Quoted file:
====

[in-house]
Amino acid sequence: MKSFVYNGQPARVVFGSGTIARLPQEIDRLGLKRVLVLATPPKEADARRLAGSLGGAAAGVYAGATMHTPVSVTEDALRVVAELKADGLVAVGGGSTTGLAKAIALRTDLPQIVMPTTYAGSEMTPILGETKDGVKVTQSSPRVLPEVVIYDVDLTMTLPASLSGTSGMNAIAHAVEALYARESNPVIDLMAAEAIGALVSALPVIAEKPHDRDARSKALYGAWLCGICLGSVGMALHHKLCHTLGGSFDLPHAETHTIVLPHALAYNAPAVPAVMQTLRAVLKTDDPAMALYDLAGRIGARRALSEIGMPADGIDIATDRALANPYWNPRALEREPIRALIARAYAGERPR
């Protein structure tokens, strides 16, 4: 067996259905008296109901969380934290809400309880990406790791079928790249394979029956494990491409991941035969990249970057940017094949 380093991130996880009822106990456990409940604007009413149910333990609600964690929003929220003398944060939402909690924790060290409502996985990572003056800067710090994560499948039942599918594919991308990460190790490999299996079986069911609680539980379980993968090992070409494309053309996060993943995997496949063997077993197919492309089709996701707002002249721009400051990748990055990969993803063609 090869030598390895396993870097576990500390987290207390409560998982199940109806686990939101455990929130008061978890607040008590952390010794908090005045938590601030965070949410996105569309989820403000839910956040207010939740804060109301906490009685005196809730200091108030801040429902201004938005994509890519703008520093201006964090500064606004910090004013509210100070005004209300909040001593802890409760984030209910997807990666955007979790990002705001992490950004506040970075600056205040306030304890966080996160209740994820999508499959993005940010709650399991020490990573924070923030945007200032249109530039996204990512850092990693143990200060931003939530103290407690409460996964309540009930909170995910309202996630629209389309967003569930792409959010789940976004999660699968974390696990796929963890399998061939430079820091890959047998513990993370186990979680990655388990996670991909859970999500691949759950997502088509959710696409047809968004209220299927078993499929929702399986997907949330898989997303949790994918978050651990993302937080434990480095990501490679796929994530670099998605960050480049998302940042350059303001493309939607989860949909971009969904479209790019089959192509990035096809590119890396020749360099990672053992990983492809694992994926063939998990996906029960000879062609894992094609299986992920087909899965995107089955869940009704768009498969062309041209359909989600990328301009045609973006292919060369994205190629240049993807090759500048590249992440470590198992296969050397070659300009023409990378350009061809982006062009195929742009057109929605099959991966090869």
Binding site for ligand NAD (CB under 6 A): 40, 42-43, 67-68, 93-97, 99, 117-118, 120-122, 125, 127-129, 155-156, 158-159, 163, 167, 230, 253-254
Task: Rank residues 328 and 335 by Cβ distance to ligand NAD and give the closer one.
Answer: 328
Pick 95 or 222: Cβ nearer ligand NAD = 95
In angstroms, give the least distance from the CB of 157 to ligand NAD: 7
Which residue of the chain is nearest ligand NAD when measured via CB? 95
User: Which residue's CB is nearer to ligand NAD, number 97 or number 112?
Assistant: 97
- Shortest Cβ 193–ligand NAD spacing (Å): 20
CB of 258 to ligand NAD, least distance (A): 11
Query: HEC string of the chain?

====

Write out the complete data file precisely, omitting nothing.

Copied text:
[in-house]
Amino acid sequence: MKSFVYNGQPARVVFGSGTIARLPQEIDRLGLKRVLVLATPPKEADARRLAGSLGGAAAGVYAGATMHTPVSVTEDALRVVAELKADGLVAVGGGSTTGLAKAIALRTDLPQIVMPTTYAGSEMTPILGETKDGVKVTQSSPRVLPEVVIYDVDLTMTLPASLSGTSGMNAIAHAVEALYARESNPVIDLMAAEAIGALVSALPVIAEKPHDRDARSKALYGAWLCGICLGSVGMALHHKLCHTLGGSFDLPHAETHTIVLPHALAYNAPAVPAVMQTLRAVLKTDDPAMALYDLAGRIGARRALSEIGMPADGIDIATDRALANPYWNPRALEREPIRALIARAYAGERPR
């Protein structure tokens, strides 16, 4: 067996259905008296109901969380934290809400309880990406790791079928790249394979029956494990491409991941035969990249970057940017094949 380093991130996880009822106990456990409940604007009413149910333990609600964690929003929220003398944060939402909690924790060290409502996985990572003056800067710090994560499948039942599918594919991308990460190790490999299996079986069911609680539980379980993968090992070409494309053309996060993943995997496949063997077993197919492309089709996701707002002249721009400051990748990055990969993803063609 090869030598390895396993870097576990500390987290207390409560998982199940109806686990939101455990929130008061978890607040008590952390010794908090005045938590601030965070949410996105569309989820403000839910956040207010939740804060109301906490009685005196809730200091108030801040429902201004938005994509890519703008520093201006964090500064606004910090004013509210100070005004209300909040001593802890409760984030209910997807990666955007979790990002705001992490950004506040970075600056205040306030304890966080996160209740994820999508499959993005940010709650399991020490990573924070923030945007200032249109530039996204990512850092990693143990200060931003939530103290407690409460996964309540009930909170995910309202996630629209389309967003569930792409959010789940976004999660699968974390696990796929963890399998061939430079820091890959047998513990993370186990979680990655388990996670991909859970999500691949759950997502088509959710696409047809968004209220299927078993499929929702399986997907949330898989997303949790994918978050651990993302937080434990480095990501490679796929994530670099998605960050480049998302940042350059303001493309939607989860949909971009969904479209790019089959192509990035096809590119890396020749360099990672053992990983492809694992994926063939998990996906029960000879062609894992094609299986992920087909899965995107089955869940009704768009498969062309041209359909989600990328301009045609973006292919060369994205190629240049993807090759500048590249992440470590198992296969050397070659300009023409990378350009061809982006062009195929742009057109929605099959991966090869």
Binding site for ligand NAD (CB under 6 A): 40, 42-43, 67-68, 93-97, 99, 117-118, 120-122, 125, 127-129, 155-156, 158-159, 163, 167, 230, 253-254
Task: Rank residues 328 and 335 by Cβ distance to ligand NAD and give the closer one.
Answer: 328
Pick 95 or 222: Cβ nearer ligand NAD = 95
In angstroms, give the least distance from the CB of 157 to ligand NAD: 7
Which residue of the chain is nearest ligand NAD when measured via CB? 95
User: Which residue's CB is nearer to ligand NAD, number 97 or number 112?
Assistant: 97
- Shortest Cβ 193–ligand NAD spacing (Å): 20
CB of 258 to ligand NAD, least distance (A): 11
Query: HEC string of the chain?